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Starbucks commits to advancing racial and social equity

Starbucks racial social equity

Starbucks has shared the next steps it’s taking to advance racial and social equity as part of its ongoing journey to create “a welcoming and inclusive Third Place”.

In a letter to Starbucks’ employees, CEO Kevin Johnson outlined new commitments the company will make to elevate inclusion, diversity, and equity on their behalf and the communities it serves. The company says these commitments are rooted in intentionality, transparency, and accountability.

“As we discuss inclusion, diversity, and equity, we discover time and again that these topics are foundational to our Starbucks mission and values,” Johnson says.

“Of course, they are. The very concept of the Third Place embodies inclusion – creating a place of warmth and belonging, where everyone is welcome.”

The full list of those commitments is available here with key highlights including:

  • Launching a mentorship program connecting BIPOC (Black, Indigenous and People of Colour) employees to senior leaders and investing in strategic partnerships with professional organisations that focus on the development of BIPOC talent.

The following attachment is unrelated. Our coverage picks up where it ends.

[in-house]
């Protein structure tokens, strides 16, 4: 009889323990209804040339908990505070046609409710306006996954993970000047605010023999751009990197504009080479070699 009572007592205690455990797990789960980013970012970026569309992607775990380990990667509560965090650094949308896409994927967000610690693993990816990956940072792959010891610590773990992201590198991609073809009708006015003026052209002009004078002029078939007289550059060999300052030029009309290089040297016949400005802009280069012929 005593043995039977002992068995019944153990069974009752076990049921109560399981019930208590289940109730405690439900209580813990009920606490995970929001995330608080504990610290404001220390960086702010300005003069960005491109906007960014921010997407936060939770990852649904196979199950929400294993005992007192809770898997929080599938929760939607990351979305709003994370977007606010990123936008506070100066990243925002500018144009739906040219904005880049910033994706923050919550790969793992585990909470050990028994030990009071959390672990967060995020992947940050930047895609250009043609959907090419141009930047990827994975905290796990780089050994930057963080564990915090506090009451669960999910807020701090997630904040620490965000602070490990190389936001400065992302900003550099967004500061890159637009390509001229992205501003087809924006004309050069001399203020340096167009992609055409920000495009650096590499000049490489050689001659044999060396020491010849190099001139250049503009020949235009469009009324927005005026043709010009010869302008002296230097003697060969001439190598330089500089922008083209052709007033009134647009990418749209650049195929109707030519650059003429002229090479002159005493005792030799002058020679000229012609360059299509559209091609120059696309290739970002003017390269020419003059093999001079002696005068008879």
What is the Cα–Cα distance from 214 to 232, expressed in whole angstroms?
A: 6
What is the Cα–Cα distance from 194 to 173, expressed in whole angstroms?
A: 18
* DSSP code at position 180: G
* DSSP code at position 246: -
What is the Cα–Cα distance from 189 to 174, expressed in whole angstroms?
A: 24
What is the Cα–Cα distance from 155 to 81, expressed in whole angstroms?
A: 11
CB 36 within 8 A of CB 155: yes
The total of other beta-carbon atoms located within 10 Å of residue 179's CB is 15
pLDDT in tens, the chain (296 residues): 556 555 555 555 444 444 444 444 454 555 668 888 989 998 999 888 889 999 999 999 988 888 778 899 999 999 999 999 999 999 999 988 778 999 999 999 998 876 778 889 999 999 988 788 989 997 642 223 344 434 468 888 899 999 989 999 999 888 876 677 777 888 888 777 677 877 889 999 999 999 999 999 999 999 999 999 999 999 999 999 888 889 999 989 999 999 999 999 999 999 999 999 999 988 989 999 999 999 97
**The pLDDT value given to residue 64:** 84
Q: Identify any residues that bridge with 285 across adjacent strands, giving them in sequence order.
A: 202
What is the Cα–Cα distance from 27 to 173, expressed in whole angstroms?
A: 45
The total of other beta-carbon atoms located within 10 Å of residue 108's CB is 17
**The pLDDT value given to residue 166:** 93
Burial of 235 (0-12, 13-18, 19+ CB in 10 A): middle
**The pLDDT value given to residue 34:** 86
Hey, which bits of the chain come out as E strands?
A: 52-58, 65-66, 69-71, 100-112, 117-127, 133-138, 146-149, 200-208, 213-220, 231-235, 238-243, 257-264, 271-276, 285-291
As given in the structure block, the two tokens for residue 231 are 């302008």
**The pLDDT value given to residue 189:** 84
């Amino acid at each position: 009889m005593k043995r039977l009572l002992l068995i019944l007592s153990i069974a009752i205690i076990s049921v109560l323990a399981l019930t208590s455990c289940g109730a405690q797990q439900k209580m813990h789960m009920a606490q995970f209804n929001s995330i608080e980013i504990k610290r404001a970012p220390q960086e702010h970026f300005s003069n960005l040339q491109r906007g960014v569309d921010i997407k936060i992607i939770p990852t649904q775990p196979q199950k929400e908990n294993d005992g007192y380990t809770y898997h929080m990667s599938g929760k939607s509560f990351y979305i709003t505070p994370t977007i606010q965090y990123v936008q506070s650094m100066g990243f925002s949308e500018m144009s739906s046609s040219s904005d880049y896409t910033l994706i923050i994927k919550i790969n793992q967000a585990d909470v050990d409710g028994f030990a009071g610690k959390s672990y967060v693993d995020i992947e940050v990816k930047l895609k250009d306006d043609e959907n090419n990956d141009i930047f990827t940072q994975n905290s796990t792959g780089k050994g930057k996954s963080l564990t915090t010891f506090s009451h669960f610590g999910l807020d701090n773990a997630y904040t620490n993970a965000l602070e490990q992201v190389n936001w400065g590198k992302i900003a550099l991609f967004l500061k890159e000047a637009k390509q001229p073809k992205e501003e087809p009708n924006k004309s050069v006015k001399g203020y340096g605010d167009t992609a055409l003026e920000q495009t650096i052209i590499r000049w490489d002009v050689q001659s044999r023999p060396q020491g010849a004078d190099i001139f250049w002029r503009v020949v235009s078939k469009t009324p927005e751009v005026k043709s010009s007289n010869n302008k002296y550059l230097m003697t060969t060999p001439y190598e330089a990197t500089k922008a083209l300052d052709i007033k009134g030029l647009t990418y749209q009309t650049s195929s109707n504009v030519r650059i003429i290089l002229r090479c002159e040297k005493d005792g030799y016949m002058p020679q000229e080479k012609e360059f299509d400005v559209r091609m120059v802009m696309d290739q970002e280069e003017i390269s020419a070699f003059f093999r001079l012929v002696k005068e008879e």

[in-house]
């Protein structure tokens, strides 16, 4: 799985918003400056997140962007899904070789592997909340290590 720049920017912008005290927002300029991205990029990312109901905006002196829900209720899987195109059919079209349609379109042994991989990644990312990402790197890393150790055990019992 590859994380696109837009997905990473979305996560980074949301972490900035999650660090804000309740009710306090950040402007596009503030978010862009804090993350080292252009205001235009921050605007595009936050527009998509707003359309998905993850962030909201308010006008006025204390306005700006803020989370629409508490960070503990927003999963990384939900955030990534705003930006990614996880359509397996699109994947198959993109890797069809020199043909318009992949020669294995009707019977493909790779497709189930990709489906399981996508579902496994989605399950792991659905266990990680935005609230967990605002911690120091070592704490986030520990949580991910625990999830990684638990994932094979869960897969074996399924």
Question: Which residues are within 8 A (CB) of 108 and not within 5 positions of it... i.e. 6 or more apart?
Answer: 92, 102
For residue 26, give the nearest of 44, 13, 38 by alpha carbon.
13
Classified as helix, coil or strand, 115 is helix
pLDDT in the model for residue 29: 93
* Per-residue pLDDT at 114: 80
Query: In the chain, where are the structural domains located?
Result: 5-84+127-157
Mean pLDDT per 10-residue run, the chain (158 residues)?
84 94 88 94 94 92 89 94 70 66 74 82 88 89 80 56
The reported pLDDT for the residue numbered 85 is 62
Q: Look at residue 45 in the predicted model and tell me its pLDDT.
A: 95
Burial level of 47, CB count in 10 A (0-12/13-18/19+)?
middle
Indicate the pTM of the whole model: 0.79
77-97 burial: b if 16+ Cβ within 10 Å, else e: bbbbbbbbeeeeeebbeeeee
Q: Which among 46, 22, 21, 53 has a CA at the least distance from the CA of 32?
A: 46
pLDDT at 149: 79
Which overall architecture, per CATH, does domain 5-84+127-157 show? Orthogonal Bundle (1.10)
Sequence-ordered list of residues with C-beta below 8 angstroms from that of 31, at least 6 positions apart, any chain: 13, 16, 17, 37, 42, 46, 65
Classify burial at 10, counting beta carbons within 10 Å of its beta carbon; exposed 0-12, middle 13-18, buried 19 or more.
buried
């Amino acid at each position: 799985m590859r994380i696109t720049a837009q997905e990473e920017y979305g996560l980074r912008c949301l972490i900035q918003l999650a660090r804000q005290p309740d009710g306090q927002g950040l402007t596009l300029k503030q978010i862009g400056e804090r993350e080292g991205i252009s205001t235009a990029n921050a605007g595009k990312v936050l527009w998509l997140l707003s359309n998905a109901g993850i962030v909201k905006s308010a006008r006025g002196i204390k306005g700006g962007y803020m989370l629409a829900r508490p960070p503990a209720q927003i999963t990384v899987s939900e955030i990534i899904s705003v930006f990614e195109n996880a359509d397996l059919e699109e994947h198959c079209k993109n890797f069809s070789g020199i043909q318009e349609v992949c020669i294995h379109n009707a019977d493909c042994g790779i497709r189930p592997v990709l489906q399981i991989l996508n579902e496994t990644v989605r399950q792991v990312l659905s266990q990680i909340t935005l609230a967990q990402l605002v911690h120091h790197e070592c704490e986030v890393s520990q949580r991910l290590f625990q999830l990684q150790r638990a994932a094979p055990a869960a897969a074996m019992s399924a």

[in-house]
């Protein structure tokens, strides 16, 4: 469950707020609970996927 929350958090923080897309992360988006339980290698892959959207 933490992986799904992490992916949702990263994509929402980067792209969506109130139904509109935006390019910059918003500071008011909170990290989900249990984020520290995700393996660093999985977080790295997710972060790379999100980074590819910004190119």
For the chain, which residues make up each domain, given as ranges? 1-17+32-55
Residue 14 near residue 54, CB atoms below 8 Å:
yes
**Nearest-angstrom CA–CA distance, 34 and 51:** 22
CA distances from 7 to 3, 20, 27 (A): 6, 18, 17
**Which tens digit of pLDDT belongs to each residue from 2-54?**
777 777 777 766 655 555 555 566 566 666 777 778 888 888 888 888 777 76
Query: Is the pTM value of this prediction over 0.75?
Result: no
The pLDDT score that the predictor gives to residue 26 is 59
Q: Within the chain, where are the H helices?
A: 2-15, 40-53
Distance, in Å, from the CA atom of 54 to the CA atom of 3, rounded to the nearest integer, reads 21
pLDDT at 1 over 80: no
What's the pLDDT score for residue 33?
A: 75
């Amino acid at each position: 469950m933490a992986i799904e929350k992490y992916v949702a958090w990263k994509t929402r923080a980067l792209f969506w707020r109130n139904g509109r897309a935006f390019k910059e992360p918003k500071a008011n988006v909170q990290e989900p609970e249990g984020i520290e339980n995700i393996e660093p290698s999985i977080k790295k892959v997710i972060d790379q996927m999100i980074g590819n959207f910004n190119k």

• Disclosing data reflecting the diversity of its current workforce.
  • Setting and tracking annual inclusion and diversity goals of achieving BIPOC representation of at least 30 per cent at all corporate levels and at least 40 per cent of all retail and manufacturing roles by 2025.
  • Connecting the building of inclusive and diverse teams to its executive compensation program.
  • Establishing an Inclusion and Diversity Executive Council to provide internal governance to integrate inclusion and diversity throughout the organisation.

In addition, the company announced the rollout of US$1.5 million in Neighborhood Grants from The Starbucks Foundation prioritising grassroots and community-based non-profit organisations focused on local impact.

These grants aim to uplift organisations led by and that serve Black communities and will support more than 400 local non-profit organisations across the country. The Foundation will also invest US$5 million to launch a two-year initiative focused on supporting non-profits that serve BIPOC youth.

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